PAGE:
I integrate behavioral ecology, network science, and social science, to study broad aspects of social behavior in the wild. I use empirical and theoretical methods to better understand behavioral phenomena. Much of my research focuses on the study of social networks and on principles of animal communication. Students in my lab can do field work on rock hyraxes in Ein Gedi, where we have been monitoring a population for more than 20 years, and/or analyze the data we collected and develop theoretical models. I am interested in questions such as:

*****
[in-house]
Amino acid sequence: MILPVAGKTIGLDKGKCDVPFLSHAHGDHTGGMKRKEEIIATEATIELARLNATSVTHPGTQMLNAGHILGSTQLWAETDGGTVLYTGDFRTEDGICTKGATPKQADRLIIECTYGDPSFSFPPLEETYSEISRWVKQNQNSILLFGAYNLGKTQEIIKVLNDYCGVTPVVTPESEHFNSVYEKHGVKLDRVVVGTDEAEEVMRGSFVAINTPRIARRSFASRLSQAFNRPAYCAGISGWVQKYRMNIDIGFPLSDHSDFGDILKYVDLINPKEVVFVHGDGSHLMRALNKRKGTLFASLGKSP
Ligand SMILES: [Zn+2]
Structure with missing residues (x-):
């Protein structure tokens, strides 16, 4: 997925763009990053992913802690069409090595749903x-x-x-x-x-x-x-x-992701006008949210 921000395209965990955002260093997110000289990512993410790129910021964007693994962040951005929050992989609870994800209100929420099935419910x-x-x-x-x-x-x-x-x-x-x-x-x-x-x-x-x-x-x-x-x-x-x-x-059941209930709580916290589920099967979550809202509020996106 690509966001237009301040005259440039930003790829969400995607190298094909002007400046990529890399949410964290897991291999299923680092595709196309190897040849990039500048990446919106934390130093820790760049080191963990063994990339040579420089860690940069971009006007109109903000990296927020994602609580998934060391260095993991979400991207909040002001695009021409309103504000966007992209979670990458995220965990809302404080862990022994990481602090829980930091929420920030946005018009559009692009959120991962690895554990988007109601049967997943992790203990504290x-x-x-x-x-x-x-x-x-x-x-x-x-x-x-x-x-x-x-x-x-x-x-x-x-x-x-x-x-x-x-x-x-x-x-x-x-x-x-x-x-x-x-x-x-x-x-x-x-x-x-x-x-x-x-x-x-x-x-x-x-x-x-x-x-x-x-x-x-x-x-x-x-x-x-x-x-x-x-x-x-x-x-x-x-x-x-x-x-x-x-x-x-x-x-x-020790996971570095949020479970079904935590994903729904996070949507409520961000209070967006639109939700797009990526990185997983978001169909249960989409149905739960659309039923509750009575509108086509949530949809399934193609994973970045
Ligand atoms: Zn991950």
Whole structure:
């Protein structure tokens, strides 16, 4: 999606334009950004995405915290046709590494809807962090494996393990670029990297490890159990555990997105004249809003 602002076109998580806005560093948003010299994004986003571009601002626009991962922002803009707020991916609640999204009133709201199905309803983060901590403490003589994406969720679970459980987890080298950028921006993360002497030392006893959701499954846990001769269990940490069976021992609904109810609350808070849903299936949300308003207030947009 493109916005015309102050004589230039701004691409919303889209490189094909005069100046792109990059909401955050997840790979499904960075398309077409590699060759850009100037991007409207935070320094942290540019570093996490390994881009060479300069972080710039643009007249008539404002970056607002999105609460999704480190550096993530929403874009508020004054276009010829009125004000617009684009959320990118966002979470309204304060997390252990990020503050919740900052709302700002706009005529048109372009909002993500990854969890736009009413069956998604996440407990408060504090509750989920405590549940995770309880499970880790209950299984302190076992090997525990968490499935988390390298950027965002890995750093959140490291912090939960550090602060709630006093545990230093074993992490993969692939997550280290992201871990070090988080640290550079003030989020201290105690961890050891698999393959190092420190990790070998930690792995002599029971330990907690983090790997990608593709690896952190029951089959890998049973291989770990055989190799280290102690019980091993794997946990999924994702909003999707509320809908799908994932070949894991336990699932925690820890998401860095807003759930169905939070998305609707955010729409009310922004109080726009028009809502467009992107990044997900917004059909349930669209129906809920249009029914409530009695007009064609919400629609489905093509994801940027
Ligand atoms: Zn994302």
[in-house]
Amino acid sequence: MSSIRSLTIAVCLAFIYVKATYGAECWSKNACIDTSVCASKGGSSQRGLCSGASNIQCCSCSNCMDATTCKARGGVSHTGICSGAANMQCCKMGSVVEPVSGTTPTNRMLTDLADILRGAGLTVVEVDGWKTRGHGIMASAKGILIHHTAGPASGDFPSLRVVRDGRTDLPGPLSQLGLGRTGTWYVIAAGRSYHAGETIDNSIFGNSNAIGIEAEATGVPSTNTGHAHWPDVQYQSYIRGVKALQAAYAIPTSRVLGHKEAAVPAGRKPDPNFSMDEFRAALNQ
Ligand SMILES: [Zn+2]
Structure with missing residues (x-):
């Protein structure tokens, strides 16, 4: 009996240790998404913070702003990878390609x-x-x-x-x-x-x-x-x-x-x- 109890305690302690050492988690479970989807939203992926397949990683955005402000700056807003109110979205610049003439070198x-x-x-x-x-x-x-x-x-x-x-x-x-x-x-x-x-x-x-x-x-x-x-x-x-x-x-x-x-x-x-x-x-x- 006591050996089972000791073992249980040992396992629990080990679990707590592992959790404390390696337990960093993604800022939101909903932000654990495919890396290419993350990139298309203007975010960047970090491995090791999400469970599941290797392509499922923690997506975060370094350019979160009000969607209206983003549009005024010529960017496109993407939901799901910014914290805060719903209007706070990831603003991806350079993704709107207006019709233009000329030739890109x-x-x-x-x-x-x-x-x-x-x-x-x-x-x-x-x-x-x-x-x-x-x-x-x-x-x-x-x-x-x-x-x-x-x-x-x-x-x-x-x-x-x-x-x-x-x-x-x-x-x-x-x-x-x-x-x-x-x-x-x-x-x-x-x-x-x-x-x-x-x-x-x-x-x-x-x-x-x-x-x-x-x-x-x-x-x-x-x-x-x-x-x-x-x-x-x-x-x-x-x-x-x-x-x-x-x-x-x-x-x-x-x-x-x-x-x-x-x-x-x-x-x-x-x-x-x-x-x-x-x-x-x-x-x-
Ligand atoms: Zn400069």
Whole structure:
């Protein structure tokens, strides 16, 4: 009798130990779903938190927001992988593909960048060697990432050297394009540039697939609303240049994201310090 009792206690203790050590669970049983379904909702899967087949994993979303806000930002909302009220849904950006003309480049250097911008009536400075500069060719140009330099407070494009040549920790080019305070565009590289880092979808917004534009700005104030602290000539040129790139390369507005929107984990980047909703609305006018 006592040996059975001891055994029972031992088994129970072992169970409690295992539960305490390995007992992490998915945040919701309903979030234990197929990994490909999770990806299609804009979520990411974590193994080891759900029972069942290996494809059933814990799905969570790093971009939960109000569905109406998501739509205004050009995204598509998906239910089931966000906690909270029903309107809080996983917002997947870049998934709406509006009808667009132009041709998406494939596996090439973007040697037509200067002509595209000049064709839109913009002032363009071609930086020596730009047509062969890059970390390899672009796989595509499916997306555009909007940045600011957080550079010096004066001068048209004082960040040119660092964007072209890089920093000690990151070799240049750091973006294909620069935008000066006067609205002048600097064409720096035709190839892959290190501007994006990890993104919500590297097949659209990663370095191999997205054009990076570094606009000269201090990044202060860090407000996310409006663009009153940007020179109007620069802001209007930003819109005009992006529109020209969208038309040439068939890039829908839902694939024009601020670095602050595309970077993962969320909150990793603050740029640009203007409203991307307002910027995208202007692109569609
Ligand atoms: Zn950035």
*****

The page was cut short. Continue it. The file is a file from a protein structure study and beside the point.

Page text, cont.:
- How do social networks affect longevity, reproductive success, and pathogen transmission?
- How do communication patterns interact with social structure?
- How do males and females choose who to mate with?
- What is the structure of different signals and how did they evolve?
Potential students are welcome to develop their own projects on any relevant study system.